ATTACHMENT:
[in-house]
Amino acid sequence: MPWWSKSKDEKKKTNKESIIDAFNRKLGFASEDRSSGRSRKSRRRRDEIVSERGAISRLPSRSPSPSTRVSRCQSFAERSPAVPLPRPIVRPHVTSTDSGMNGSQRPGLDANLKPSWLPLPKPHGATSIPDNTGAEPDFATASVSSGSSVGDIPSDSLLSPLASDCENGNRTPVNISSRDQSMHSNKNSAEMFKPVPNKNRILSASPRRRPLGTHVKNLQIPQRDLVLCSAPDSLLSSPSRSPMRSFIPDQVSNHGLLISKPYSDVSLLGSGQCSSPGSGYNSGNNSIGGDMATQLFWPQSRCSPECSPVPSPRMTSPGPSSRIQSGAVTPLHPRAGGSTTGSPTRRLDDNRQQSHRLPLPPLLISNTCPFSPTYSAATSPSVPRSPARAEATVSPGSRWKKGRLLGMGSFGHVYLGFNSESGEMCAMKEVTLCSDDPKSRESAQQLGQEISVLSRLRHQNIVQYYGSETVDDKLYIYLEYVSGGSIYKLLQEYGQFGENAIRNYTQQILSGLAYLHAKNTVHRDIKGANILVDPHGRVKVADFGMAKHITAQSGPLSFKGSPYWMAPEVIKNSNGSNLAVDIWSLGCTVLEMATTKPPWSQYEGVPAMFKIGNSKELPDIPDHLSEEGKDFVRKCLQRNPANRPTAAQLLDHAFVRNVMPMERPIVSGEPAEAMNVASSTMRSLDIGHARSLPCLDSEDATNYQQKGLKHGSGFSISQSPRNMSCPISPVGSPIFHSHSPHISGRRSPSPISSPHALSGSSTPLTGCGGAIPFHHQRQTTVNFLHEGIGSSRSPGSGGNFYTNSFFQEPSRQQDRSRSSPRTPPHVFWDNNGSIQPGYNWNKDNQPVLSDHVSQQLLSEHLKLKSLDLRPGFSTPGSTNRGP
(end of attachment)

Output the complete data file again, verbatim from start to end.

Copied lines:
[in-house]
Amino acid sequence: MPWWSKSKDEKKKTNKESIIDAFNRKLGFASEDRSSGRSRKSRRRRDEIVSERGAISRLPSRSPSPSTRVSRCQSFAERSPAVPLPRPIVRPHVTSTDSGMNGSQRPGLDANLKPSWLPLPKPHGATSIPDNTGAEPDFATASVSSGSSVGDIPSDSLLSPLASDCENGNRTPVNISSRDQSMHSNKNSAEMFKPVPNKNRILSASPRRRPLGTHVKNLQIPQRDLVLCSAPDSLLSSPSRSPMRSFIPDQVSNHGLLISKPYSDVSLLGSGQCSSPGSGYNSGNNSIGGDMATQLFWPQSRCSPECSPVPSPRMTSPGPSSRIQSGAVTPLHPRAGGSTTGSPTRRLDDNRQQSHRLPLPPLLISNTCPFSPTYSAATSPSVPRSPARAEATVSPGSRWKKGRLLGMGSFGHVYLGFNSESGEMCAMKEVTLCSDDPKSRESAQQLGQEISVLSRLRHQNIVQYYGSETVDDKLYIYLEYVSGGSIYKLLQEYGQFGENAIRNYTQQILSGLAYLHAKNTVHRDIKGANILVDPHGRVKVADFGMAKHITAQSGPLSFKGSPYWMAPEVIKNSNGSNLAVDIWSLGCTVLEMATTKPPWSQYEGVPAMFKIGNSKELPDIPDHLSEEGKDFVRKCLQRNPANRPTAAQLLDHAFVRNVMPMERPIVSGEPAEAMNVASSTMRSLDIGHARSLPCLDSEDATNYQQKGLKHGSGFSISQSPRNMSCPISPVGSPIFHSHSPHISGRRSPSPISSPHALSGSSTPLTGCGGAIPFHHQRQTTVNFLHEGIGSSRSPGSGGNFYTNSFFQEPSRQQDRSRSSPRTPPHVFWDNNGSIQPGYNWNKDNQPVLSDHVSQQLLSEHLKLKSLDLRPGFSTPGSTNRGP